Exxon Mobil Corporation (XOM), Continental Resources, Inc. (CLR): Why Big Oil Is Staying Offshore for Growth

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Photo credit: ConocoPhillips (NYSE:COP)

Despite some fairly large onshore acquisitions over the past few years, big oil has largely remained on the sidelines when it comes to the shale oil and gas boom. When investors talk about the Bakken or the Eagle Ford, the names near the top of the list are not Exxon Mobil Corporation (NYSE:XOM) or Chevron Corporation (NYSE:CVX). Instead, it’s the smaller independent producers like Continental Resources, Inc. (NYSE:CLR) and EOG Resources Inc (NYSE:EOG) that are using those plays to deliver unbelievable production growth.

At first glance the production growth numbers are quite startling. Exxon Mobil Corporation (NYSE:XOM), for example has struggled to even grow its production at all. It has used massive share buybacks in order to grow production per share; however, overall production has been growing by a rather anemic 1% annually. Contrast this with Continental Resources, Inc. (NYSE:CLR), which is planning to grow its production by 38%-40% this year alone. Meanwhile, EOG Resources Inc (NYSE:EOG) is expected to deliver best-in-class crude oil growth through 2017, which is on top of the 38% compound annual growth rate it has seen over the past seven years. Clearly, the shale revolution is really having an effect for these two companies.

However, and this is important to see, these companies are growing off of a very low base, which means that the shale plays are able to make an impact. For example, Continental Resources, Inc. (NYSE:CLR)’s production last quarter was just 140,000 barrels of oil equivalent per day while EOG Resources Inc (NYSE:EOG)’s daily production was 214,400 barrels of oil equivalent per day. Exxon Mobil Corporation (NYSE:XOM)’s oil equivalent production, while declining 1.9% on the quarter, was still more than 4 million barrels of oil per day. Meanwhile, Chevron Corporation (NYSE:CVX) averaged 2.58 million barrels of oil equivalent production per day last quarter. The problem is that both companies have run into the law of large numbers, making it much harder to grow production.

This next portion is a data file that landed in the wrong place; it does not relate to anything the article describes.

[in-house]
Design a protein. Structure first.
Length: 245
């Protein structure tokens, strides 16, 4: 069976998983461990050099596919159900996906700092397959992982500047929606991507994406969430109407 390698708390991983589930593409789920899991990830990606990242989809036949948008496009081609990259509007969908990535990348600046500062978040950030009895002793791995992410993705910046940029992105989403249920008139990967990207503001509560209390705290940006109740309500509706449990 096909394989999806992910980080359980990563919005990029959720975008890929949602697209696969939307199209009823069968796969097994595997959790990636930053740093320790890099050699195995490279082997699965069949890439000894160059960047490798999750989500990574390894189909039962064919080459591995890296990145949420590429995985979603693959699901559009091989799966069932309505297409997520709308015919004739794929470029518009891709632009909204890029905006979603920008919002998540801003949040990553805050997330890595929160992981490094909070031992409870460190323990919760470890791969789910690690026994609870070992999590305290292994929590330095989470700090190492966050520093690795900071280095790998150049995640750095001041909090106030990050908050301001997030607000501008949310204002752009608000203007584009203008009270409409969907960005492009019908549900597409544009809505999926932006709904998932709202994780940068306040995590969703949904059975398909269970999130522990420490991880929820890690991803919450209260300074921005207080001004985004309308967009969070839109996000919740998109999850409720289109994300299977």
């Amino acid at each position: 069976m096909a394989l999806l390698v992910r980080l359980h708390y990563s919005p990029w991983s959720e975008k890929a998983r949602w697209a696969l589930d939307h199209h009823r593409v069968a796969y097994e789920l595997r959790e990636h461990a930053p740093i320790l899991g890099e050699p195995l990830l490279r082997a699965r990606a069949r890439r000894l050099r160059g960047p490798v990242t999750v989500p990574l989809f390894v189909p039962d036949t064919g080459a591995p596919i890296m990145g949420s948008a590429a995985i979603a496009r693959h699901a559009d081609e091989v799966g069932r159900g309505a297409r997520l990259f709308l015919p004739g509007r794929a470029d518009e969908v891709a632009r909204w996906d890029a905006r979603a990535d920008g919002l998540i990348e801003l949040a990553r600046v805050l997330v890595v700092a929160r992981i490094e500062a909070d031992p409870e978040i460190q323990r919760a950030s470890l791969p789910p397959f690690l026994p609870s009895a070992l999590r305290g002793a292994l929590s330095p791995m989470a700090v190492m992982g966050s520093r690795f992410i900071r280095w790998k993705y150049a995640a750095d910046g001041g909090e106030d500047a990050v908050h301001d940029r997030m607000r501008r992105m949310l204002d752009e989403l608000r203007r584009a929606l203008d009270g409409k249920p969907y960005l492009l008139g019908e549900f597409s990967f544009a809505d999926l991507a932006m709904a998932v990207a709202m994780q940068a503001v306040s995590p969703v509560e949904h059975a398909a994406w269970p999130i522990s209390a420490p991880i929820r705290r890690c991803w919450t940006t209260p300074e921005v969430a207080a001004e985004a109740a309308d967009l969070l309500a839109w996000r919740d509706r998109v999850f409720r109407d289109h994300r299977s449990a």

It is also much harder for these two companies to grow by way of onshore shale assets. For example, it would take Exxon Mobil Corporation (NYSE:XOM) the equivalent of the production of 5,000 onshore wells just to equal the production of one deepwater well. This is because those gushers can produce upwards of 10,000-15,000 barrels of oil per day, while most shale wells just trickle out a few hundred barrels of oil per day. Again, for perspective, both EOG Resources Inc (NYSE:EOG) and Continental Resources, Inc. (NYSE:CLR) can deliver high-double-digit production growth by just drilling a few hundred onshore wells per year, even at those lower rates.

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